Blending Surgery and Words
Where there’s no place for the scalpel, words are the surgeon’s only tool.
- Paul Kalanithi, MD, When Breath Becomes Air
The first time I set foot in an operating room in 1973, I wielded a mop and wide-eyed bewilderment. My experiences working summer and holiday breaks as a hospital nursing assistant gave me a “bottom-up” perspective on physicians and nurses-–a perspective that shaped my life and my professional career. Although it was easy enough to identify role models, some people were cruel and condescending. Some surgeons were detached and spoiled. I watched hospital staff cry. I retrieved surgical instruments that had been thrown across the room. I witnessed mistakes that hurt people. I cleaned up vomit and blood. I saw death.
It was distressing, yet I had peeked behind the curtain. The stories kept me coming back for more. Remembering them made me who I have become.
I began writing essays in 2000, first through a monthly column for our cancer center newsletter, and then through a blog on my hospital’s website, Reflections in a Head Mirror. I have also shared essays on “Lake Effect,” on WUWM – Milwaukee’s NPR station. As my writing developed, I began publishing in widely-read publications such as the Journal of the American Medical Association (JAMA) column, “A Piece of My Mind,” as well as placing essays in the Journal of Clinical Oncology, JAMA Otolaryngology-Head & Neck Surgery, the Yale Journal for Humanities in Medicine, and Narrative Inquiry in Bioethics. I have also published humor, poetry, and fiction in literary journals including The Examined Life: A Literary Journal of the Carver College of Medicine and Creative Wisconsin.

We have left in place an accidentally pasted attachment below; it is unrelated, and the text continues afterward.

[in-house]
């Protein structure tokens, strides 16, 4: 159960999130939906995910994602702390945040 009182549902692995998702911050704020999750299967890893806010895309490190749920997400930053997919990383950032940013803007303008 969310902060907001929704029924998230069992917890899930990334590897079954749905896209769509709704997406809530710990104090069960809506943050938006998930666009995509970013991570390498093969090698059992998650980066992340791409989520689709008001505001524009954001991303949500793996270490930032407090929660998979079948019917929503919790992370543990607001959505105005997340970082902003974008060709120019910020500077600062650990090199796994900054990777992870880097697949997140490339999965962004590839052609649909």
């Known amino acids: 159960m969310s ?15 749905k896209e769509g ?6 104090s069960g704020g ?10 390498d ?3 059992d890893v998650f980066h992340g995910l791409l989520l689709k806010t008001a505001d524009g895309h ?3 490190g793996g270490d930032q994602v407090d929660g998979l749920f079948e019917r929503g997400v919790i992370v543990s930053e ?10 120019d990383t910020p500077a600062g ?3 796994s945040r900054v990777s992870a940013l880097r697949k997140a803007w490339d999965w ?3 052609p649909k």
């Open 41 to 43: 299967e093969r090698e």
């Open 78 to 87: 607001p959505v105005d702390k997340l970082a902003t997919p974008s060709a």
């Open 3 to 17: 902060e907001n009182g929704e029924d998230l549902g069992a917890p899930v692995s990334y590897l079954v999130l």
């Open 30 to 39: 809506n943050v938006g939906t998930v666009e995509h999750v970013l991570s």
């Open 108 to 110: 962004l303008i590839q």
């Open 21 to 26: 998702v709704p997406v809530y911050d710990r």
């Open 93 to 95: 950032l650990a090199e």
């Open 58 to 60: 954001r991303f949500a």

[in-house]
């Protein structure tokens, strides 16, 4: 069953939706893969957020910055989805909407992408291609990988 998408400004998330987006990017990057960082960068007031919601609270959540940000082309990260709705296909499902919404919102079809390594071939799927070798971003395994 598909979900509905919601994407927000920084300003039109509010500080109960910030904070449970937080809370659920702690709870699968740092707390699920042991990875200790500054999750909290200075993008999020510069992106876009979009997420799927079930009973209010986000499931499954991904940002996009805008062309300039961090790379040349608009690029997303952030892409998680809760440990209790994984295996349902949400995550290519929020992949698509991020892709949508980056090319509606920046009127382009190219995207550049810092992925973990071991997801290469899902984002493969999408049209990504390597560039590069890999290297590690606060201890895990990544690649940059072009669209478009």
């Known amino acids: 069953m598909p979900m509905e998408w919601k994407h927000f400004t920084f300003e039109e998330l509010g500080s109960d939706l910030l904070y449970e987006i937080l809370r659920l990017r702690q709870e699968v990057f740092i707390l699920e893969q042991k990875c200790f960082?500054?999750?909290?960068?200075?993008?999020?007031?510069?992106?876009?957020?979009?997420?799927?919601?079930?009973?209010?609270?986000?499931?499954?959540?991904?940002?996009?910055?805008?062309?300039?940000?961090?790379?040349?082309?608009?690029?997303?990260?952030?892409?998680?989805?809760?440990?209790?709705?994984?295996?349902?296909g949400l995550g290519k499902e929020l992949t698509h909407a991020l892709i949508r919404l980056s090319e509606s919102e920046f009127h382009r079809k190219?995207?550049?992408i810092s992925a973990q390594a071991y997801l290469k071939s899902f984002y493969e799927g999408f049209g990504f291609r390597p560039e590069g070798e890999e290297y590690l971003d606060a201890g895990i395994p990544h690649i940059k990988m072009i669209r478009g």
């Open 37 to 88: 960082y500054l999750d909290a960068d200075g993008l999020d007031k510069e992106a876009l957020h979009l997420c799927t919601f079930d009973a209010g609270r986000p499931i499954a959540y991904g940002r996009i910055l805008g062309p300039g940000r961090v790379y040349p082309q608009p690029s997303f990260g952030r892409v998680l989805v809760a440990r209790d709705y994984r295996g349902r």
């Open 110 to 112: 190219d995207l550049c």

My next adventure was to compile my favorite essays into a book. A Fullness of Uncertain Significance: Stories of Surgery, Clarity, and Grace was published by Ten16 Press in 2021.
Despite my career focus as a surgeon, I have always viewed the two imperative tasks of a physician to be this: to accompany those who suffer and to be empathetic with all those we meet. To those who read this, thank you for accompanying me on my journey.
Bruce H. Campbell, MD FACS is on the faculty at the Medical College of Wisconsin, holding appointments in both the Department of Otolaryngology and the Institute for Health and Equity (Bioethics and Medical Humanities). He is the Associate Director of the MCW Medical Humanities Program.
He grew up in the Chicago area and attended Purdue University and Rush Medical College. He completed an otolaryngology residency at MCW and a head and neck surgery fellowship at MD Anderson Cancer Center. He returned to Milwaukee and has been on the MCW faculty since 1987. He completed Columbia University's Certification of Professional Achievement in Narrative Medicine in 2019.
His clinical focus is in the diagnosis and surgical management of head and neck cancer. He has done research in cancer survivorship, a variety of head and neck cancer topics, and medical student reflective writing.
He has an interest in global surgery in under-resourced regions of the world and has worked with surgical partners in Tanzania and Kenya.
He and his wife, Kathi, live in suburban Milwaukee where they raised four wonderful children. If you don't have to be somewhere soon, ask him about his grandsons.